oyster


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Related to oyster: oyster stew, Oyster pearl

oyster

(oi′stər)
n.
a. Any of several edible bivalve mollusks of the family Ostreidae, having a rough, irregularly shaped shell attached to the substrate in shallow marine waters. Oysters are widely cultivated for food.
b. Any of various similar or related bivalve mollusks, such as the pearl oyster.
intr.v. oys·tered, oys·tering, oys·ters
To gather, dredge for, or raise oysters.
A bivalved mollusc which may be consumed raw or cooked
Health benefits Oysters are a natural source of iron, zinc and selenium, as well as vitamin B12

oyster

[AS. oistre]
A shellfish that, when eaten raw or only partially cooked, may be a source of hepatitis A virus and bacterial pathogens. See: diarrhea, travelers'

oyster

References in classic literature ?
The oyster pirates, a fleet of a dozen sloops, were lying at anchor on what was known as the "Deserted Beds.
The oyster pirates lay snugly together at short hawsers, the weather being fine, and they protested loudly at our ignorance in putting out such an unwarranted length of anchor-chain.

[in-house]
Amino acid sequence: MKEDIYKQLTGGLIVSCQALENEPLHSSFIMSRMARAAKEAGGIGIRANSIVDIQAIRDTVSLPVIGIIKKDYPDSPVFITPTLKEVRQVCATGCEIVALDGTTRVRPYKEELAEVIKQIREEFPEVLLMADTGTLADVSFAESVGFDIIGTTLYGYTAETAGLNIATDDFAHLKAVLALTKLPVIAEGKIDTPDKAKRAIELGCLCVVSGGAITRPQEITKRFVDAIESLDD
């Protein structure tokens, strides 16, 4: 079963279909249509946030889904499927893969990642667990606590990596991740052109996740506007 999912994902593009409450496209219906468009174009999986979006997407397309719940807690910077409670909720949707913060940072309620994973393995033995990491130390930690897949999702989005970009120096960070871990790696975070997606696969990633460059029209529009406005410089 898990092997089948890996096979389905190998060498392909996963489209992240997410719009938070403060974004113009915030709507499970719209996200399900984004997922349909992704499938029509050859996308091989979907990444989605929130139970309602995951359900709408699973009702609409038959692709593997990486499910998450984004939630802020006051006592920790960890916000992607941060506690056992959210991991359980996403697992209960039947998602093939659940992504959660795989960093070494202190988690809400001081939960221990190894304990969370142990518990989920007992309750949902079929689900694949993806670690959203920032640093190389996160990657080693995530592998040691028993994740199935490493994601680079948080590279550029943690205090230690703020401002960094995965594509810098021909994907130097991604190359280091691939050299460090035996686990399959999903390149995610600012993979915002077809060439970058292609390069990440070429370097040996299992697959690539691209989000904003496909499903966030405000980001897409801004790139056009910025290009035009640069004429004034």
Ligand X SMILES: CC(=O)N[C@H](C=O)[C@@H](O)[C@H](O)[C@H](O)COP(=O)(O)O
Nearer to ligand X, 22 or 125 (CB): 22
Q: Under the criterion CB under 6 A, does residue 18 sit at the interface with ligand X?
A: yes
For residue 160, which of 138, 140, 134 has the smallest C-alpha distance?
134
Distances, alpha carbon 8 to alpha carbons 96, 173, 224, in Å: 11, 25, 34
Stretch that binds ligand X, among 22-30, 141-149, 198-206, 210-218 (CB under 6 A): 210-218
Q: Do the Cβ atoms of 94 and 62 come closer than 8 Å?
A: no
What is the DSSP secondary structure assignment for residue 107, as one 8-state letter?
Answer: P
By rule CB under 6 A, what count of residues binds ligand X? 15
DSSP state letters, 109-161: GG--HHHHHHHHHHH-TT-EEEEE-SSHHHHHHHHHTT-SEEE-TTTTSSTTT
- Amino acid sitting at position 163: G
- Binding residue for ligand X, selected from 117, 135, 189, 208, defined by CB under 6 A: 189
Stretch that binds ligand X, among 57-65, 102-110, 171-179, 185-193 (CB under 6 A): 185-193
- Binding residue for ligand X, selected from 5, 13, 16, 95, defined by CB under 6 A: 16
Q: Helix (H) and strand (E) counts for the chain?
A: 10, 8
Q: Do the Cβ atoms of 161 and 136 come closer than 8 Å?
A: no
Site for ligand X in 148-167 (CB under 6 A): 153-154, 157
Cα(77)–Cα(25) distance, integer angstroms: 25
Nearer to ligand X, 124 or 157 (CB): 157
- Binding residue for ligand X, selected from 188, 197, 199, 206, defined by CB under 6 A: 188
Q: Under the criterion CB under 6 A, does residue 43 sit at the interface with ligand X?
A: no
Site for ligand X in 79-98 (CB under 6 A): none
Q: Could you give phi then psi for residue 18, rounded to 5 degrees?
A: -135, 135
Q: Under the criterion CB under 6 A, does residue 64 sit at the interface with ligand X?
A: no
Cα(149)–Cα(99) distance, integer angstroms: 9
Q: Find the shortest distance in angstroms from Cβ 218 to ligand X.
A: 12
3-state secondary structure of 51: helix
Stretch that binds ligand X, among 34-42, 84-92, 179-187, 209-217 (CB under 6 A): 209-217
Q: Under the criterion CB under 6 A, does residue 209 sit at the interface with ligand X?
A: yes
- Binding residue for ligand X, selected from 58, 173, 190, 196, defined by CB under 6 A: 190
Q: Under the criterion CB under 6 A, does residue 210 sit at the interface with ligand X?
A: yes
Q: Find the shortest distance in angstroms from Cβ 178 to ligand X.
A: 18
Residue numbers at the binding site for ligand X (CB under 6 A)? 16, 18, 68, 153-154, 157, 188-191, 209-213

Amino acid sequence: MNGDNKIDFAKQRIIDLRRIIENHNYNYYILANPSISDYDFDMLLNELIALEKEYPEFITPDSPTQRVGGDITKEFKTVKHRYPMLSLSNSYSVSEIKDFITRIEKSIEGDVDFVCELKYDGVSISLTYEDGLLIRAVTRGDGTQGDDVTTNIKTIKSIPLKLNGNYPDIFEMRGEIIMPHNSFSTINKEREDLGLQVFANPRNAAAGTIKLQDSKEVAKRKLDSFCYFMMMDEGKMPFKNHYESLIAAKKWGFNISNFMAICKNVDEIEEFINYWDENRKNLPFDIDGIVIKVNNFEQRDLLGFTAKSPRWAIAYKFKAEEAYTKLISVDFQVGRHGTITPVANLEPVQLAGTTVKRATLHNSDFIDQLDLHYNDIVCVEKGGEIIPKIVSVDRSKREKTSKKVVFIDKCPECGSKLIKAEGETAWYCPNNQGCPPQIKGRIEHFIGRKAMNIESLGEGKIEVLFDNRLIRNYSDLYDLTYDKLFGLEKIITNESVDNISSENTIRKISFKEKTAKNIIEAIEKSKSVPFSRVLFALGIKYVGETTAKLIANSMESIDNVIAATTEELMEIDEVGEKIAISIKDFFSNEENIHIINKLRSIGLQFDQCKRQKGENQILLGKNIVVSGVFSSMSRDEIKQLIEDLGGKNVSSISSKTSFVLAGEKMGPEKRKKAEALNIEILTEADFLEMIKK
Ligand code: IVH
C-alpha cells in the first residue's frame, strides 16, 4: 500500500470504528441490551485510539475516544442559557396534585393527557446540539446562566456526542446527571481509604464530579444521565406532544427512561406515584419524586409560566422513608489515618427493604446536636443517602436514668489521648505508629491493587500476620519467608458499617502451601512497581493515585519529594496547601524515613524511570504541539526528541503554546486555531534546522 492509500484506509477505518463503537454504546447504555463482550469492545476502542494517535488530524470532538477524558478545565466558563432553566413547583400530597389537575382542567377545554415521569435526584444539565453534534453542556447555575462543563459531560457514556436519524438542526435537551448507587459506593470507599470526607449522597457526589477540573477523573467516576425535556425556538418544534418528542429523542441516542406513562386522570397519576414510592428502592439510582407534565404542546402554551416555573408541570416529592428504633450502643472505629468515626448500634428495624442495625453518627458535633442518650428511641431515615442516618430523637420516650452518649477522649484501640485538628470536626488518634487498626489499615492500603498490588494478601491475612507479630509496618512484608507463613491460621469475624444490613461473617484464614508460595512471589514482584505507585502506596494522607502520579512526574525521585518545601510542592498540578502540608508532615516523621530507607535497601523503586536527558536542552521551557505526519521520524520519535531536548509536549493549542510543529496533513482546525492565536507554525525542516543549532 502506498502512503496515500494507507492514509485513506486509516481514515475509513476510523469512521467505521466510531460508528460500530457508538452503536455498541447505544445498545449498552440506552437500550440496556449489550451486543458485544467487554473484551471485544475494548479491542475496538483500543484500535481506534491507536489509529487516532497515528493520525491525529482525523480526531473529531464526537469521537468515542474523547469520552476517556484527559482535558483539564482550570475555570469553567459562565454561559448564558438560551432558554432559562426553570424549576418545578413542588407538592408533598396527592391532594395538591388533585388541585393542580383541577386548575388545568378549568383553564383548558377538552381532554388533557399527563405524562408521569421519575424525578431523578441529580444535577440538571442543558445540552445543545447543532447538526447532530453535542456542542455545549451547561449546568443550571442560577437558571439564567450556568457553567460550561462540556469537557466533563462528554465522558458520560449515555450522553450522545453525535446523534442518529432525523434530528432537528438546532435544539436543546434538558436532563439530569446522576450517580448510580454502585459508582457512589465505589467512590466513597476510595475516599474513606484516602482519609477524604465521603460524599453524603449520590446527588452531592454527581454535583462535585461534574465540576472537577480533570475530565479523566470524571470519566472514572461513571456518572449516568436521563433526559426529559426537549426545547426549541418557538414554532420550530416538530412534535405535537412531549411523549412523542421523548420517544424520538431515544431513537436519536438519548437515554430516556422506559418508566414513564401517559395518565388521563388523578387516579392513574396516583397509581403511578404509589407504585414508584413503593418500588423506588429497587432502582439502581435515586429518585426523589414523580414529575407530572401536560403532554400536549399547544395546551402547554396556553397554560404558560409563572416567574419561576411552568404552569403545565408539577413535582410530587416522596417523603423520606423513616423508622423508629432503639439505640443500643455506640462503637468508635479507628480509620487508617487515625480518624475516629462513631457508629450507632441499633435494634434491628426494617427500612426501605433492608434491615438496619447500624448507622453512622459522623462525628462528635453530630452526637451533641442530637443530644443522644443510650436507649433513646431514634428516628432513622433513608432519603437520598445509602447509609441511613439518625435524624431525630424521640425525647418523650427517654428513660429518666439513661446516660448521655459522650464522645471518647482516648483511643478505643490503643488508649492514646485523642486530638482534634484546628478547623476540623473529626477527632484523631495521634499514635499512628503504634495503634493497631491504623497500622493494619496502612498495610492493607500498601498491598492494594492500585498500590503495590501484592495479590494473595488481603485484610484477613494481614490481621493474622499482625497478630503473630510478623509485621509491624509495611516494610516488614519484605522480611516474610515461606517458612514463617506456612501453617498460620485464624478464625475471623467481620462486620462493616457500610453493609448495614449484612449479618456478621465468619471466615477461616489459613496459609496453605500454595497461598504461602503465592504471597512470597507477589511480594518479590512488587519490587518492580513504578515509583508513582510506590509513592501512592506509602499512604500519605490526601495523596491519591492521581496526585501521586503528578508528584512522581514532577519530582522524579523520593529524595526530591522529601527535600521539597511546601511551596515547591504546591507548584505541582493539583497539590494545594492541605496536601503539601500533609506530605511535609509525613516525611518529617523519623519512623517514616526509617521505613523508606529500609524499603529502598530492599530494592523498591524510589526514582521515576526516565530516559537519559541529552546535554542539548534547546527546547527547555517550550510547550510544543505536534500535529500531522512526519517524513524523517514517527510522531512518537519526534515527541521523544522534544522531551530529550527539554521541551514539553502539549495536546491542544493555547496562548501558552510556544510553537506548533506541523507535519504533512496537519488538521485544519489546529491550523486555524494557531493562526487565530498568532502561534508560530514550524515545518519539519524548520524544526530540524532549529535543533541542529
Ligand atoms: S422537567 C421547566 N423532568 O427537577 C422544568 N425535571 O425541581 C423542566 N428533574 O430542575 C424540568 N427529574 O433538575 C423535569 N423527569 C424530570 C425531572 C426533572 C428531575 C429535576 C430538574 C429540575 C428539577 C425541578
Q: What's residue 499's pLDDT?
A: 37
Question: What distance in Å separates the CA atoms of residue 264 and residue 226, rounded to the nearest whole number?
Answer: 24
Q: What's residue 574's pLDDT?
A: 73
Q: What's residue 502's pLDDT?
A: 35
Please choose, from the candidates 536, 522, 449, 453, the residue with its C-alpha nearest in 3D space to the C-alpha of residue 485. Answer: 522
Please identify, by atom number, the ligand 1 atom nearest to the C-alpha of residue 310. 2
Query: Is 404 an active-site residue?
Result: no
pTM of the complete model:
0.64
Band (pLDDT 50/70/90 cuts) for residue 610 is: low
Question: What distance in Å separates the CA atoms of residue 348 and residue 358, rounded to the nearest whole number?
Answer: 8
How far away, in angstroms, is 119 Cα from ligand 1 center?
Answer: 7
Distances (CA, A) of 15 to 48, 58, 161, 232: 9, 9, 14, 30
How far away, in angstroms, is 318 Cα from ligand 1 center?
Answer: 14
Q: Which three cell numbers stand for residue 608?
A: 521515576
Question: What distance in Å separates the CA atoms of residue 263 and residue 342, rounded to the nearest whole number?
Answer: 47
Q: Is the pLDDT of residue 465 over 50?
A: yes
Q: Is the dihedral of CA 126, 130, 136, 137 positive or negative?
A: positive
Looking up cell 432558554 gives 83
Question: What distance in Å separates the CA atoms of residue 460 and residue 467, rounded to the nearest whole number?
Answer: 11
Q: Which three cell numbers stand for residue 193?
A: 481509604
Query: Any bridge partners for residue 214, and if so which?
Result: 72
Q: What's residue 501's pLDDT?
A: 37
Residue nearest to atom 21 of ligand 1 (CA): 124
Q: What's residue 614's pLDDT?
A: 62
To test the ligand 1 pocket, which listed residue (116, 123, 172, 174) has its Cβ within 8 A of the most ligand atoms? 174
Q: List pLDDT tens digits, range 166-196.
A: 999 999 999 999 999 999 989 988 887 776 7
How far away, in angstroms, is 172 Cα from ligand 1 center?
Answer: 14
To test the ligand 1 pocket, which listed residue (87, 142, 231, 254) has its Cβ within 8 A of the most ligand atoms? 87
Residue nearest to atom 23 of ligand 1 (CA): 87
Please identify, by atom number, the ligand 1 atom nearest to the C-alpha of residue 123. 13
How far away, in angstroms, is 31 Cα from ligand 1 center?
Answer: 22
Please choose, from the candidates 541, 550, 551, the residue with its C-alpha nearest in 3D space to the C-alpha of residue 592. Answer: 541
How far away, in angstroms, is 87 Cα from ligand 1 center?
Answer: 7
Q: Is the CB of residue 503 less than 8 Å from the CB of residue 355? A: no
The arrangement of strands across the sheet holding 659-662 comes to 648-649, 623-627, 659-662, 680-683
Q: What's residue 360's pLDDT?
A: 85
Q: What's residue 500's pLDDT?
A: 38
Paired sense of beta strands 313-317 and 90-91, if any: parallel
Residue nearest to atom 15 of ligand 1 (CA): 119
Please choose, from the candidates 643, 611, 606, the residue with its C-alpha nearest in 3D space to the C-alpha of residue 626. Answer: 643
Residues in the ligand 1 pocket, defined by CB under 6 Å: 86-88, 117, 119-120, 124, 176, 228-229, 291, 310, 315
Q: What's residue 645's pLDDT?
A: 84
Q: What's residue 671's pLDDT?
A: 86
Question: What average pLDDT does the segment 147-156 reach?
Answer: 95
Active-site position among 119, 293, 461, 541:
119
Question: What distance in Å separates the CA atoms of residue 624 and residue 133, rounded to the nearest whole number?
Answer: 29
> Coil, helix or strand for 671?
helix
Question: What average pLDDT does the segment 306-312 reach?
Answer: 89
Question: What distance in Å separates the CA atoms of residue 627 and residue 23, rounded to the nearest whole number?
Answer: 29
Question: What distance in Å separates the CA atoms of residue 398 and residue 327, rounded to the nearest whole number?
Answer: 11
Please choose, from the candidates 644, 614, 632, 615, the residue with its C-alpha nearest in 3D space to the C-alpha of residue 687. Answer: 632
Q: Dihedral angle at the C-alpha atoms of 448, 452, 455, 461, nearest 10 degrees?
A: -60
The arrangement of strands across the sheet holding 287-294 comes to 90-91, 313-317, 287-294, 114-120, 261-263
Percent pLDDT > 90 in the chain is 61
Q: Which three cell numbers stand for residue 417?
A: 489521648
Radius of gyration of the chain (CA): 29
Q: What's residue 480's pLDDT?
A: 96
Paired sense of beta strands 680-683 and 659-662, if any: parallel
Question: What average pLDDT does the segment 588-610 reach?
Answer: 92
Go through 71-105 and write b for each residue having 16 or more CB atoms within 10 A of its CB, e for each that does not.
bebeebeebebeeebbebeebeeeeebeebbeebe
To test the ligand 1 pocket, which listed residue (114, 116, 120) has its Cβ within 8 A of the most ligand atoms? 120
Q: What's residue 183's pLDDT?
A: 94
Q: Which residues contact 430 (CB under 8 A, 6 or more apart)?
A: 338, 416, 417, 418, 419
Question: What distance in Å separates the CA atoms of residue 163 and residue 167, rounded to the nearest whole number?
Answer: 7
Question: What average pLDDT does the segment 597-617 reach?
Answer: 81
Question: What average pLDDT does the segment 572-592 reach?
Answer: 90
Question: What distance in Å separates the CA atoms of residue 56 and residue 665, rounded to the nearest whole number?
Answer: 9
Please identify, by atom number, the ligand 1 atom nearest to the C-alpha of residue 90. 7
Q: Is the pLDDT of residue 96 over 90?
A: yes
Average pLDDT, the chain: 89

They are not regular oyster pirates," Nicholas continued.
After half a mile of the mud, we came upon a deep channel, up which we rowed, with dead oyster shoals looming high and dry on either side.
And the Queen began to make love to me, the latest recruit to the oyster pirate fleet, and no mere hand, but a master and owner.
And here I sat now, glass in hand, in warm-glowing camaraderie, with the oyster pirates, adventurers who refused to be slaves to petty routine, who flouted restrictions and the law, who carried their lives and their liberty in their hands.
To-morrow I would be an oyster pirate, as free a freebooter as the century and the waters of San Francisco Bay would permit.
And the Tatar ran off with flying coattails, and in five minutes darted in with a dish of opened oysters on mother-of-pearl shells, and a bottle between his fingers.
Stepan Arkadyevitch crushed the starchy napkin, tucked it into his waistcoat, and settling his arms comfortably, started on the oysters.
Not bad," he said, stripping the oysters from the pearly shell with a silver fork, and swallowing them one after another.
Levin ate the oysters indeed, though white bread and cheese would have pleased him better.
The business hours, allowing for intervals of invalid regimen of oysters and partridges, during which Clennam refreshed himself with a walk, were from ten to six for about a fortnight.